The cartoner includes a vertically reciprocating platten 56 which holds top panel T and the gable portions of the containers in a flat condition while adhesive or the like is applied to a flap F of the carton. The sealed position of flap F is shown fragmentarily by a broken line in FIG. 2. Thereafter the carton side panels are folded and glued into place in a conventional manner (not shown) and the carton is ready for shipment. Because the wasted volume occupied by the upright gable portions is eliminated, the overall volume of the carton is less even though the volume of the contents is the same as has heretofore been the case.
When the carton reaches its destination it is opened by conventional techniques, whereupon the gable tops can partially move to an upright condition and can be manually straightened if such is desired. Accordingly the procedures for opening the containers, as disclosed in the above cited patents, can proceed without interference due to practice of the present invention.
With reference to FIG. 3, the method of the present invention is incorporated in the container forming, filling and packing procedure as disclosed in block diagram form. The block at 60 represents the formation of a container by folding and gluing a blank in accordance with conventional procedures. Next the container is filled, such step being identified at 62 after which the container top is sealed at 64 to form rib 24. Thereafter the container is transported through tunnel 42 to flatten the gable top, such step being indicated in FIG. 3 at 66. At the outlet end of tunnel 42 a plurality of the containers are accumulated or consolidated with all deformed gable tops deformed in the same direction, rightward as seen in FIG. 2. The consolidating step is indicated in FIG. 3 at 68. Finally the group of containers is moved to cartoning station 54 where the carton is formed around the consolidated containers, the cartoning step being indicated in FIG. 3 at 70. In performing the cartoning step the top panel of the carton is moved downward, e.g. by platten 56, onto the deformed gable tops so as to impart to the partially deformed gable tops a force that is directed so as to move the partially folded gable tops to the full flat condition. Included in the cartoning step is sealing the carton flap F so that the top panel T of the carton retains the containers in a flat condition.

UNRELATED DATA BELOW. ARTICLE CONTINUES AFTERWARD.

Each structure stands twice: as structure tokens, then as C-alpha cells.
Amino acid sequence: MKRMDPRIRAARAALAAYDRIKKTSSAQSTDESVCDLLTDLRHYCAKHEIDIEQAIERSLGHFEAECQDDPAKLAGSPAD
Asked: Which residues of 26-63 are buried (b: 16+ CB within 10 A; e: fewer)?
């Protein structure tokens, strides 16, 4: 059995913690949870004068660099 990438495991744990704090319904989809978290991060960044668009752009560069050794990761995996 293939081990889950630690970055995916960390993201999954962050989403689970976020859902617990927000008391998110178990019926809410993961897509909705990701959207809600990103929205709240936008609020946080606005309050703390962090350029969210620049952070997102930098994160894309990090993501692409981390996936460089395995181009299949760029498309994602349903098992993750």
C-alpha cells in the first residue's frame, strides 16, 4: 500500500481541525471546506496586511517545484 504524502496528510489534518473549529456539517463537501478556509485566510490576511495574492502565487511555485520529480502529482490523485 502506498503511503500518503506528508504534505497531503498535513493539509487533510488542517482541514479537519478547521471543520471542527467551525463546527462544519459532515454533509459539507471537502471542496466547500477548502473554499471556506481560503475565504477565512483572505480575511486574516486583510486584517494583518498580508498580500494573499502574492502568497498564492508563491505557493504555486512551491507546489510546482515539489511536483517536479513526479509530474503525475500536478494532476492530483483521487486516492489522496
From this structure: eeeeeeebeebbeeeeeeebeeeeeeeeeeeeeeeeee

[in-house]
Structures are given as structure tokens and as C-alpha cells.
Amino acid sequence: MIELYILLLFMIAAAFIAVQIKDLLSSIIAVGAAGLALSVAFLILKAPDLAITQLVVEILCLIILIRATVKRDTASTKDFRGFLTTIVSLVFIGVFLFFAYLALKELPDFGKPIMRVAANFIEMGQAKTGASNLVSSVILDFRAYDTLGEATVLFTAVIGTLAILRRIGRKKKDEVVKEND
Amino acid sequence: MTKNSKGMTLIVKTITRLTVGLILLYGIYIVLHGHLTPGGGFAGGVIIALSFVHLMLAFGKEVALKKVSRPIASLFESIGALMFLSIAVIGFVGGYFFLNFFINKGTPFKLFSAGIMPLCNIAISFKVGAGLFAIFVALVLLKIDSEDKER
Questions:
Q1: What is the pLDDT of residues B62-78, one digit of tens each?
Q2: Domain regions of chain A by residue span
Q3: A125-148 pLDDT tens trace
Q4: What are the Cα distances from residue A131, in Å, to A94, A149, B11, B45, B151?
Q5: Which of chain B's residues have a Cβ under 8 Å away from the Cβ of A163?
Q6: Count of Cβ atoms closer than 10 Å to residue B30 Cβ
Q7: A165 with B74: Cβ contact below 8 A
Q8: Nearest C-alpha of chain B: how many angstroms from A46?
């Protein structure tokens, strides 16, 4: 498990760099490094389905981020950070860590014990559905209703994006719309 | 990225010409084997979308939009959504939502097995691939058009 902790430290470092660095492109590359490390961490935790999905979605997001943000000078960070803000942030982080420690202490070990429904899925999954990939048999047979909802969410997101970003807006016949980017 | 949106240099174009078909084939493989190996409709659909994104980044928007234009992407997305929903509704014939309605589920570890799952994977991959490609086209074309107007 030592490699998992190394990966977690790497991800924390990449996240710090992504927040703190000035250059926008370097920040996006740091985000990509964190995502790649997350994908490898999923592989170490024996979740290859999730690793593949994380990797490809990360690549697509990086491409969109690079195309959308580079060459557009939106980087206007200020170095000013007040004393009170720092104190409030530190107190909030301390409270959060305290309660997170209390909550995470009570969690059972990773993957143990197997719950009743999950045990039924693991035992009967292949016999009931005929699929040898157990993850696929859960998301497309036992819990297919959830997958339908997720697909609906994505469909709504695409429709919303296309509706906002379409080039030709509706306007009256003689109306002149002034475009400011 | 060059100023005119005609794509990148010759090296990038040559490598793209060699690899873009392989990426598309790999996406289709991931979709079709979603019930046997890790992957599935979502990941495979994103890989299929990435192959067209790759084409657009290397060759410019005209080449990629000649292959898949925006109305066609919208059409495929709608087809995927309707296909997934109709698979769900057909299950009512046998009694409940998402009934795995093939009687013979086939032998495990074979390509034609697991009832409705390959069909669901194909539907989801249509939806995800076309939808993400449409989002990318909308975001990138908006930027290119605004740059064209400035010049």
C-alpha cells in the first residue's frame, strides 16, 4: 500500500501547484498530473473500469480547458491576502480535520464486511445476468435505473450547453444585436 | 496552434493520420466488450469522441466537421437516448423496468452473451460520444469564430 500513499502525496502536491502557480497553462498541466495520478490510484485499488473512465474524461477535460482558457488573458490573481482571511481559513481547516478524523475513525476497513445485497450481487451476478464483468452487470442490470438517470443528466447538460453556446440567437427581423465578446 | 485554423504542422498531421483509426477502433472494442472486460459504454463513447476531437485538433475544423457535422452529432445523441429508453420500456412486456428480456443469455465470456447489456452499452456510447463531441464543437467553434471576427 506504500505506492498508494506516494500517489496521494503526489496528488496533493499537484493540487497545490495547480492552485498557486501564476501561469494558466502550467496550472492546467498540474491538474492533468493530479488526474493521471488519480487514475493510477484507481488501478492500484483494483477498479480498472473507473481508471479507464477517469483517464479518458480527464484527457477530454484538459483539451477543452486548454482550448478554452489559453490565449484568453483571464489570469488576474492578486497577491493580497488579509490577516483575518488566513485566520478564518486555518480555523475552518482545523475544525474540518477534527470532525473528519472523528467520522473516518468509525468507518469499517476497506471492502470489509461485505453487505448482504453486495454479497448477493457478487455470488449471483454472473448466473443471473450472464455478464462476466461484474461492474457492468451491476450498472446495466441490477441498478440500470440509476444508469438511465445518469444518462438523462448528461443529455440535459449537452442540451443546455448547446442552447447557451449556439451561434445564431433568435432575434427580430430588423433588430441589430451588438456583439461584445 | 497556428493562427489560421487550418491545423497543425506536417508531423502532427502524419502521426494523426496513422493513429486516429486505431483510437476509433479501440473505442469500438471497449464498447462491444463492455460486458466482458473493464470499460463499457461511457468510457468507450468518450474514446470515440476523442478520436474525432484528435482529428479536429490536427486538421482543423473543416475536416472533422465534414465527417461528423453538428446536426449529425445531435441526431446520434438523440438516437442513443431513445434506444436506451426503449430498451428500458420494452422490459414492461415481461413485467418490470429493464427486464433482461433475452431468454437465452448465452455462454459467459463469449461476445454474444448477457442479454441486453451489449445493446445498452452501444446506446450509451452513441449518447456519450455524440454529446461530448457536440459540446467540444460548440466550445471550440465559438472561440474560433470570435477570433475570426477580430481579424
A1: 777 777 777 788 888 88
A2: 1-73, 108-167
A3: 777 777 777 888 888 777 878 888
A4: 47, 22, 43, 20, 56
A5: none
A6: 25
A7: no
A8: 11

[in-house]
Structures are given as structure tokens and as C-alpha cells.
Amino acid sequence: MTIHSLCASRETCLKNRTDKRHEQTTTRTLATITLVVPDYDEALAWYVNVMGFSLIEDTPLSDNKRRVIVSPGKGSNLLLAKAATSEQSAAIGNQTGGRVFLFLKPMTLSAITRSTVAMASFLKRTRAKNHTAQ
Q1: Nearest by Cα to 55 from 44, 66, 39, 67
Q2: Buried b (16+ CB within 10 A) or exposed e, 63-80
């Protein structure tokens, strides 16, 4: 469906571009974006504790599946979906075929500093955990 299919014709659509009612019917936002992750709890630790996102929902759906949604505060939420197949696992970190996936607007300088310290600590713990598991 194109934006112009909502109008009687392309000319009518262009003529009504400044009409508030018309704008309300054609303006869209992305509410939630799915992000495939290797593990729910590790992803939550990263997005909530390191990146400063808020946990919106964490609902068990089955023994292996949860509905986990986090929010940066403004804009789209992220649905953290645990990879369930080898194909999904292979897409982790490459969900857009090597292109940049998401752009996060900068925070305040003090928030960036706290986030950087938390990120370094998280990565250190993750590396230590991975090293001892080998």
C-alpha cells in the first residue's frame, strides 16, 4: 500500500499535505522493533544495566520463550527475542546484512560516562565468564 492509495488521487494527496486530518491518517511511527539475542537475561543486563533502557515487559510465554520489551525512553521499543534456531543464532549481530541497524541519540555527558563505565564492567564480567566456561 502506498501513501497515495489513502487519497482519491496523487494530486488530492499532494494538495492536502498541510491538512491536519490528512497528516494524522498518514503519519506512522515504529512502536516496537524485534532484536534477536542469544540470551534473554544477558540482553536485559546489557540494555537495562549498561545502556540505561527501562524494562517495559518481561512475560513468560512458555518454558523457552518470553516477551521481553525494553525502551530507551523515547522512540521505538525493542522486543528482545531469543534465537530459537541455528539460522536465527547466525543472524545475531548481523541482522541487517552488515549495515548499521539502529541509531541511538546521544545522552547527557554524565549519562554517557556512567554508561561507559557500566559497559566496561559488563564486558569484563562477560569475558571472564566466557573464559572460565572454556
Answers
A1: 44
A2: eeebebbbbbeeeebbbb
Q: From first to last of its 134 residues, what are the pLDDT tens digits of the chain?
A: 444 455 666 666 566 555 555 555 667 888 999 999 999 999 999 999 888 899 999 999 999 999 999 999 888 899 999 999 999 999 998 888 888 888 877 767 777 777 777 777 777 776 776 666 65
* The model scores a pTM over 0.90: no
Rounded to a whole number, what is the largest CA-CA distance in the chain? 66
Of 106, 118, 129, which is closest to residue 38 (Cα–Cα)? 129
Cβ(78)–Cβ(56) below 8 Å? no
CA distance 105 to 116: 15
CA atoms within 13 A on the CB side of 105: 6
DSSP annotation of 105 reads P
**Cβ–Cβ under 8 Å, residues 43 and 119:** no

Thus it will be seen that the present invention provides for reduction of the volume of shipment for gable top containers with minimal disruption of the normal processing line of container filling and cartoning equipment. In the exemplary container referred to hereinabove, the shipping volume, for a given quantity of food product, is reduced by more than 20%. In addition to volume reduction, cartons of flattened containers afford superior vertical stacking strength so that more cartons can be stacked in a given warehouse floor area than has been practicable heretofore. Although it is preferred to form the extra score line 30 in panel 20 of the container so as to assure a smooth flat fold after traverse of tunnel 42, the formation of the extra score 30 is not absolutely essential since the gable portion will be folded flat on traverse of the tunnel even without the score line. The invention finds application, irrespective of the size of the containers or the particular form of food product placed in the containers, to reduce the shipping volume of the containers. Although one embodiment has been shown and described it will be obvious that other adaptations and modifications can be made without departing from the true spirit and scope of the invention.
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|U.S. Classification||229/249, 53/482, 229/915, 229/915.1|
|International Classification||B65B61/24, B65D5/06|
|Cooperative Classification||B65D5/067, Y10S229/915, B65B61/24|
|European Classification||B65D5/06D, B65B61/24|
|Aug 7, 1984||AS||Assignment|
Owner name: BASIC AMERICAN FOODS
Free format text: CHANGE OF NAME;ASSIGNOR:AMPCO FOODS OMC;REEL/FRAME:004326/0183